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Is your cohort a group effort or a one-person show?

The time has come again for University of Michigan English Professor Anne Curzan to offer her opinion on another round of language disputes.

Every September the editors of the American Heritage Dictionary send a ballot to panel members, asking about usage issues.

Curzan and around 200 others are tasked with voting "yea" or "nay" on the way we've been using words like "cohort" and "hoi polloi."

For example, take a look at the way "cohort" is used in the following sentence: "The cashiered dictator and his cohorts have all written their memoirs." Does that give you pause?  

That example doesn't sit well with Curzan, but she finds nothing wrong the other example on the ballot: "Like many in her cohort, she was never interested in kids when she was young"     

"Historically, 'cohort' referred to a group. It started referring to an enclosed area and then referred to the people or things in the enclosed area," Curzan says. "But clearly, the meaning referring to individuals is on the rise, and I am not on the cutting edge."

Another issue on this year's ballot has to do with the verb "to author." Check out this example: "He has authored a dozen books on the subject."

Curzan plans to vote "acceptable" on this one, though if you prefer "written," don't worry. You're not alone.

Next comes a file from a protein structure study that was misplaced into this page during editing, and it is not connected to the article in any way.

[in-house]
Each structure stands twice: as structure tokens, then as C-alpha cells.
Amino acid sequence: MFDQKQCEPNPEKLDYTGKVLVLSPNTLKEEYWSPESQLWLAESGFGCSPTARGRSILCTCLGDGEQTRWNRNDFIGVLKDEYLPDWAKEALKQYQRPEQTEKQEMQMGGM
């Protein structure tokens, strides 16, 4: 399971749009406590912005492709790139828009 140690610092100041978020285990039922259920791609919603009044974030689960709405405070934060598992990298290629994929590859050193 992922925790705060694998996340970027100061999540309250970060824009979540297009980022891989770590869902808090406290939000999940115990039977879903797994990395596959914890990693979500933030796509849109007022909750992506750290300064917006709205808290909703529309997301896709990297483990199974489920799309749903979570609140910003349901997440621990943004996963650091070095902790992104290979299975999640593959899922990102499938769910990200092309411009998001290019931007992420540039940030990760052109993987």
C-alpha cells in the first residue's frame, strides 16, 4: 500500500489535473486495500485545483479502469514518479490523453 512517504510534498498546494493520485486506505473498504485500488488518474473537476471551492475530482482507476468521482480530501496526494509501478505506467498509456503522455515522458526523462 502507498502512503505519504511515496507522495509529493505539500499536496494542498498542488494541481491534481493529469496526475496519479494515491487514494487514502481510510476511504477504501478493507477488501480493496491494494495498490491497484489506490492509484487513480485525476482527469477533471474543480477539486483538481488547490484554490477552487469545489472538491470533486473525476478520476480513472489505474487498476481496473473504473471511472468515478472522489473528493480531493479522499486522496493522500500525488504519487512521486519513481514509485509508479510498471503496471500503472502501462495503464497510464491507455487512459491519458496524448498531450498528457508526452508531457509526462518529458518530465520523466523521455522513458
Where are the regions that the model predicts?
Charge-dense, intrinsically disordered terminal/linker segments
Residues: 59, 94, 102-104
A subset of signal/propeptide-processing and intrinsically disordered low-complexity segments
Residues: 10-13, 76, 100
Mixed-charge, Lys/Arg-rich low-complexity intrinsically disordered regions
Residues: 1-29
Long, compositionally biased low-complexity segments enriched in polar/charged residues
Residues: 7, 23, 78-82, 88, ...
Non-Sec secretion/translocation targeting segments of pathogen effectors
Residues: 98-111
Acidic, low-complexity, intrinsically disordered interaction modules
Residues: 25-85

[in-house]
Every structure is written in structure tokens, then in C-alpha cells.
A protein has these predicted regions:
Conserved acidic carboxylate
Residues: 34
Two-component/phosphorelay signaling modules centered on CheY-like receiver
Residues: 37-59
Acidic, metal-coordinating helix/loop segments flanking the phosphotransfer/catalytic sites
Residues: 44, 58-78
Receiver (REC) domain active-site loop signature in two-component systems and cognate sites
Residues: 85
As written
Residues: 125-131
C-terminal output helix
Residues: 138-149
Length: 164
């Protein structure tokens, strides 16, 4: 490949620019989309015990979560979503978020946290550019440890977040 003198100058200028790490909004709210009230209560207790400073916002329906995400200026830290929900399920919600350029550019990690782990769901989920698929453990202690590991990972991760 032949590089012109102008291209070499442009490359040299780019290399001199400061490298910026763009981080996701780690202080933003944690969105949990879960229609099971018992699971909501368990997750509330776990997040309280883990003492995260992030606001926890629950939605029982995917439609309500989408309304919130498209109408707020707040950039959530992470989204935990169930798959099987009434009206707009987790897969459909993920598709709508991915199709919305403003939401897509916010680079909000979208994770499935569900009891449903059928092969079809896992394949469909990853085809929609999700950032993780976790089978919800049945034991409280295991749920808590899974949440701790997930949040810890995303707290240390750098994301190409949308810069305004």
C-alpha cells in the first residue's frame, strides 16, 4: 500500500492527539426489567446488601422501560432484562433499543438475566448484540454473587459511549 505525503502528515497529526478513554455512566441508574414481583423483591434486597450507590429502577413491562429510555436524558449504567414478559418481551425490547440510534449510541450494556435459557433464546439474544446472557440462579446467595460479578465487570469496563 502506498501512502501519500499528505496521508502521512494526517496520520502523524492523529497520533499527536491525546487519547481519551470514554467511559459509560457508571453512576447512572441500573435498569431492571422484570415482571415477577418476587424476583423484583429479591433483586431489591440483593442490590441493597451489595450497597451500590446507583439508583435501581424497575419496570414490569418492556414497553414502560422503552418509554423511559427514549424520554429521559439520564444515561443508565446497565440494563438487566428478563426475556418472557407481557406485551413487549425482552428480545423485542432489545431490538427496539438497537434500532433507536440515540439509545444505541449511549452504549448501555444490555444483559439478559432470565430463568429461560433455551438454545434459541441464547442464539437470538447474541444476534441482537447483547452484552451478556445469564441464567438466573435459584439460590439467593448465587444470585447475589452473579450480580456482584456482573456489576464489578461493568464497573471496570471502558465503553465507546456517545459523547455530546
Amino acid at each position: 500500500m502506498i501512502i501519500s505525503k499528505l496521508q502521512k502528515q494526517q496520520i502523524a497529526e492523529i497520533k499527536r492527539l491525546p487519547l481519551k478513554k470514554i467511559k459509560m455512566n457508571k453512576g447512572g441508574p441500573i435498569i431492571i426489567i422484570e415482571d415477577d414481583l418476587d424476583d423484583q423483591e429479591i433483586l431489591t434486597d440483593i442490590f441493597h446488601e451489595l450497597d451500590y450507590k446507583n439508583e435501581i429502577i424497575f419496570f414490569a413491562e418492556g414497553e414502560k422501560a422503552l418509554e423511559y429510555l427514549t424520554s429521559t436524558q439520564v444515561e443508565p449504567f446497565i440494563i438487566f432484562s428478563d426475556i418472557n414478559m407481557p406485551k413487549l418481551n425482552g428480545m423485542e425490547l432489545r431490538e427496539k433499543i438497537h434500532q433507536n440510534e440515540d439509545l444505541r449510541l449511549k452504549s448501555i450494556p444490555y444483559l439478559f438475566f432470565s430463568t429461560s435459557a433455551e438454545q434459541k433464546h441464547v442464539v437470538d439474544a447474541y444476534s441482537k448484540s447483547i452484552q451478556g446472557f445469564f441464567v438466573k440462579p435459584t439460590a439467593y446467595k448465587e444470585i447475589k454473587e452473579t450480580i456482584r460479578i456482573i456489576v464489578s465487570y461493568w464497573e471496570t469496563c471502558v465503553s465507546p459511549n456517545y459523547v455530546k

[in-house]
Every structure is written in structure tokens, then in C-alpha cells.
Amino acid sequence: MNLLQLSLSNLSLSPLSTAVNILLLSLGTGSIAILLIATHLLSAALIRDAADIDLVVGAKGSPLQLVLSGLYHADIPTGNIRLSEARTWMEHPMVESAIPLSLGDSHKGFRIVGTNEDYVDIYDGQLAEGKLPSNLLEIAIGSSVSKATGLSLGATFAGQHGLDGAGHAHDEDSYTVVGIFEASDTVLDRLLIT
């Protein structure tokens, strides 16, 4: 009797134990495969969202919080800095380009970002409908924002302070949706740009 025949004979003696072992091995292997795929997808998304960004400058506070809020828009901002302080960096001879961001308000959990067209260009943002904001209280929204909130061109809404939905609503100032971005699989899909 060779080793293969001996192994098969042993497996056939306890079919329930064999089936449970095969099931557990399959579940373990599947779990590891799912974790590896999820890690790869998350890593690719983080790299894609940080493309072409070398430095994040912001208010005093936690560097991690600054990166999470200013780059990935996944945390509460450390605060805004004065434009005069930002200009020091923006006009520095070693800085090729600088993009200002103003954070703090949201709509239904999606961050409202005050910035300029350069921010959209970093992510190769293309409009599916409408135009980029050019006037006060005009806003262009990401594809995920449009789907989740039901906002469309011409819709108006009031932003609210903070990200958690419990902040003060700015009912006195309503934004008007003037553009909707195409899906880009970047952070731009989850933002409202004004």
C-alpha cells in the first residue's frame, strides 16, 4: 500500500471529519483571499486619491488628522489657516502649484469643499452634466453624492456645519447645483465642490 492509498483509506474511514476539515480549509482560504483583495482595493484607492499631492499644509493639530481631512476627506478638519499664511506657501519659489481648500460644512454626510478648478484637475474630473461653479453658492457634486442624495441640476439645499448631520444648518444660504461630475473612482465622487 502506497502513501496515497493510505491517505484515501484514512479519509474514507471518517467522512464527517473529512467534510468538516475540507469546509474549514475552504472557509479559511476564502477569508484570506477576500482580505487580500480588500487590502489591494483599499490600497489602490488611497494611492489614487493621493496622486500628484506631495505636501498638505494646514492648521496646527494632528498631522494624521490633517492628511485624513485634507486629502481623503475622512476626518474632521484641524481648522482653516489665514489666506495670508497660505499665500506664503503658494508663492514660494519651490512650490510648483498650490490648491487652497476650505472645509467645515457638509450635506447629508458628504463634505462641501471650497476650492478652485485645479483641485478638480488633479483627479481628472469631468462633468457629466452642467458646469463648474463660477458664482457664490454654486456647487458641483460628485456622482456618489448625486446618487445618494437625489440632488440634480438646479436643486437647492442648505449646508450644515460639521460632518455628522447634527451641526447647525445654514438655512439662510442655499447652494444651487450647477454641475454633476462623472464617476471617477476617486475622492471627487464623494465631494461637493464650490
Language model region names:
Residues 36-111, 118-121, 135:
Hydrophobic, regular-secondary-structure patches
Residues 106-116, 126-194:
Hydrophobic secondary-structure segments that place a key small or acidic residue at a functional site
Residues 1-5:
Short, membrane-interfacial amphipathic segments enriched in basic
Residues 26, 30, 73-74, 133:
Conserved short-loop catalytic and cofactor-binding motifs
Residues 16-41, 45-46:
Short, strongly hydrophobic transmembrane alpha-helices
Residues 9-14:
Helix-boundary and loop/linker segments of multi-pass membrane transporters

"There are people who think [author] is a pretentious synonym of 'write,'" Curazan says. "They surveyed that same sentence in 1988, and 74% of the usage panel rejected. So, you're in good company."

Another question on this ballot has to do with pronunciation. How do you say "zoology"?

If you pronounce the first syllable with an "oh" sound, then you've got the traditional, scientific pronunciation. Chances are though, more than a few of you pronounce the first part with an "oo" sound, like "zoo."

"I will admit that I've been corrected in my life for saying 'zoo-ology,'" says Curazan. "I'm going to vote for both of them as acceptable."

For more from this year's ballot, listen to the full conversation above.

If you've got more usage questions, send them our way at rkruth@umich.edu or acurzan@umich.edu.

Anne Curzan is the Geneva Smitherman Collegiate Professor of English and an Arthur F. Thurnau Professor at the University of Michigan. She also holds faculty appointments in the Department of Linguistics and the School of Education.
Rebecca Kruth is the host of All Things Considered at Michigan Public. She also co-hosts Michigan Public's weekly language podcast That’s What They Say with English professor Anne Curzan.
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